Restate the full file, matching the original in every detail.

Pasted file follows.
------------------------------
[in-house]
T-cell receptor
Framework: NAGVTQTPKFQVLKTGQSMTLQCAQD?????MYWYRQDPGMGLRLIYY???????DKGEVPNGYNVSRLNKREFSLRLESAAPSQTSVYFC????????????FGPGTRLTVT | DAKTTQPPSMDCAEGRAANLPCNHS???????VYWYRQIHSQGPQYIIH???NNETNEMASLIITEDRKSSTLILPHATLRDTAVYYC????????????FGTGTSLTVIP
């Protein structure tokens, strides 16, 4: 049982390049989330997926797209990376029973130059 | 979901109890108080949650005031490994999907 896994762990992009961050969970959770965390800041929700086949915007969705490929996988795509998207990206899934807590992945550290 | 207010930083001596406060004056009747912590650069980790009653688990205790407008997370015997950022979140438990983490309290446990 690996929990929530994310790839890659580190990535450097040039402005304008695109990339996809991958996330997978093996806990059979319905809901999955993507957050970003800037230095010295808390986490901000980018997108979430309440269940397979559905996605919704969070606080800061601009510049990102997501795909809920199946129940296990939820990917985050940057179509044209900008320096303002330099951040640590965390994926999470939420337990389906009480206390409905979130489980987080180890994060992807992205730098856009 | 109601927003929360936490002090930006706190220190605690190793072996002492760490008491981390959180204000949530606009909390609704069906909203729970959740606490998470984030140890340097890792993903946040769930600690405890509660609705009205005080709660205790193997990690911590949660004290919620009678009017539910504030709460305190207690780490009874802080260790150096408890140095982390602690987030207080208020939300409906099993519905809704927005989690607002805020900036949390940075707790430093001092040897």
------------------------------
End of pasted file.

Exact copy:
[in-house]
T-cell receptor
Framework: NAGVTQTPKFQVLKTGQSMTLQCAQD?????MYWYRQDPGMGLRLIYY???????DKGEVPNGYNVSRLNKREFSLRLESAAPSQTSVYFC????????????FGPGTRLTVT | DAKTTQPPSMDCAEGRAANLPCNHS???????VYWYRQIHSQGPQYIIH???NNETNEMASLIITEDRKSSTLILPHATLRDTAVYYC????????????FGTGTSLTVIP
């Protein structure tokens, strides 16, 4: 049982390049989330997926797209990376029973130059 | 979901109890108080949650005031490994999907 896994762990992009961050969970959770965390800041929700086949915007969705490929996988795509998207990206899934807590992945550290 | 207010930083001596406060004056009747912590650069980790009653688990205790407008997370015997950022979140438990983490309290446990 690996929990929530994310790839890659580190990535450097040039402005304008695109990339996809991958996330997978093996806990059979319905809901999955993507957050970003800037230095010295808390986490901000980018997108979430309440269940397979559905996605919704969070606080800061601009510049990102997501795909809920199946129940296990939820990917985050940057179509044209900008320096303002330099951040640590965390994926999470939420337990389906009480206390409905979130489980987080180890994060992807992205730098856009 | 109601927003929360936490002090930006706190220190605690190793072996002492760490008491981390959180204000949530606009909390609704069906909203729970959740606490998470984030140890340097890792993903946040769930600690405890509660609705009205005080709660205790193997990690911590949660004290919620009678009017539910504030709460305190207690780490009874802080260790150096408890140095982390602690987030207080208020939300409906099993519905809704927005989690607002805020900036949390940075707790430093001092040897």